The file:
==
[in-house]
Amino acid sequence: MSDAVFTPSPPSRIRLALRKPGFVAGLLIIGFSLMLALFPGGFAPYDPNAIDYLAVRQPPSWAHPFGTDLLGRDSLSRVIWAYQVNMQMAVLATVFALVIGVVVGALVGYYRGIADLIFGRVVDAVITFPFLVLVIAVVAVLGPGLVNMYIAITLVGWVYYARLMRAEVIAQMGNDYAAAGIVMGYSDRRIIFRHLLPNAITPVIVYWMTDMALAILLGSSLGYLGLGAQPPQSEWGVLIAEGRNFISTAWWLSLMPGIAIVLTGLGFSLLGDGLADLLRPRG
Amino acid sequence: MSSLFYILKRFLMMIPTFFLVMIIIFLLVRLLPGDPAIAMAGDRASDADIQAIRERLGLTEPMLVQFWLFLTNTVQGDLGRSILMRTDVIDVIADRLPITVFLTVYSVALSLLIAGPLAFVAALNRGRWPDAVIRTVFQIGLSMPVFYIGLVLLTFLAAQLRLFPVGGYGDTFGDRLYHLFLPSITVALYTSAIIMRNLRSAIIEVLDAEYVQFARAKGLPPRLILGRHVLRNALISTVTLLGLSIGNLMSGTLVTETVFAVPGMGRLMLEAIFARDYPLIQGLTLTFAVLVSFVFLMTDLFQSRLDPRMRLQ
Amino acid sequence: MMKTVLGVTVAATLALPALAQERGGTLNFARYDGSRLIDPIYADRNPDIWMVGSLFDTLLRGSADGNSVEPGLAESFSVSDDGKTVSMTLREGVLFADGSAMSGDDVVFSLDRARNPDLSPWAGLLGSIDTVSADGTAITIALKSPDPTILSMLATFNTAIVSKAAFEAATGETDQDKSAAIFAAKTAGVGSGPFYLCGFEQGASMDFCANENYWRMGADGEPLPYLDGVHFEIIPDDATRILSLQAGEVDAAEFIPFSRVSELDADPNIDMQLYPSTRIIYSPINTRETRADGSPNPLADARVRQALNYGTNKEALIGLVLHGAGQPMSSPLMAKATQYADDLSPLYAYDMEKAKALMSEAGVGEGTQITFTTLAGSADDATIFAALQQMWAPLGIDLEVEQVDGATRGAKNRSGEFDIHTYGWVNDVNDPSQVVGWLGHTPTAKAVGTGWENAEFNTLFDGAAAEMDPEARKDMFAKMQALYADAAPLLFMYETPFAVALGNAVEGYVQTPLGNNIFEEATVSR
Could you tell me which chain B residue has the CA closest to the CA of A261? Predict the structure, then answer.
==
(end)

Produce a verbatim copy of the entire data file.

[in-house]
Amino acid sequence: MSDAVFTPSPPSRIRLALRKPGFVAGLLIIGFSLMLALFPGGFAPYDPNAIDYLAVRQPPSWAHPFGTDLLGRDSLSRVIWAYQVNMQMAVLATVFALVIGVVVGALVGYYRGIADLIFGRVVDAVITFPFLVLVIAVVAVLGPGLVNMYIAITLVGWVYYARLMRAEVIAQMGNDYAAAGIVMGYSDRRIIFRHLLPNAITPVIVYWMTDMALAILLGSSLGYLGLGAQPPQSEWGVLIAEGRNFISTAWWLSLMPGIAIVLTGLGFSLLGDGLADLLRPRG
Amino acid sequence: MSSLFYILKRFLMMIPTFFLVMIIIFLLVRLLPGDPAIAMAGDRASDADIQAIRERLGLTEPMLVQFWLFLTNTVQGDLGRSILMRTDVIDVIADRLPITVFLTVYSVALSLLIAGPLAFVAALNRGRWPDAVIRTVFQIGLSMPVFYIGLVLLTFLAAQLRLFPVGGYGDTFGDRLYHLFLPSITVALYTSAIIMRNLRSAIIEVLDAEYVQFARAKGLPPRLILGRHVLRNALISTVTLLGLSIGNLMSGTLVTETVFAVPGMGRLMLEAIFARDYPLIQGLTLTFAVLVSFVFLMTDLFQSRLDPRMRLQ
Amino acid sequence: MMKTVLGVTVAATLALPALAQERGGTLNFARYDGSRLIDPIYADRNPDIWMVGSLFDTLLRGSADGNSVEPGLAESFSVSDDGKTVSMTLREGVLFADGSAMSGDDVVFSLDRARNPDLSPWAGLLGSIDTVSADGTAITIALKSPDPTILSMLATFNTAIVSKAAFEAATGETDQDKSAAIFAAKTAGVGSGPFYLCGFEQGASMDFCANENYWRMGADGEPLPYLDGVHFEIIPDDATRILSLQAGEVDAAEFIPFSRVSELDADPNIDMQLYPSTRIIYSPINTRETRADGSPNPLADARVRQALNYGTNKEALIGLVLHGAGQPMSSPLMAKATQYADDLSPLYAYDMEKAKALMSEAGVGEGTQITFTTLAGSADDATIFAALQQMWAPLGIDLEVEQVDGATRGAKNRSGEFDIHTYGWVNDVNDPSQVVGWLGHTPTAKAVGTGWENAEFNTLFDGAAAEMDPEARKDMFAKMQALYADAAPLLFMYETPFAVALGNAVEGYVQTPLGNNIFEEATVSR
Could you tell me which chain B residue has the CA closest to the CA of A261? Predict the structure, then answer.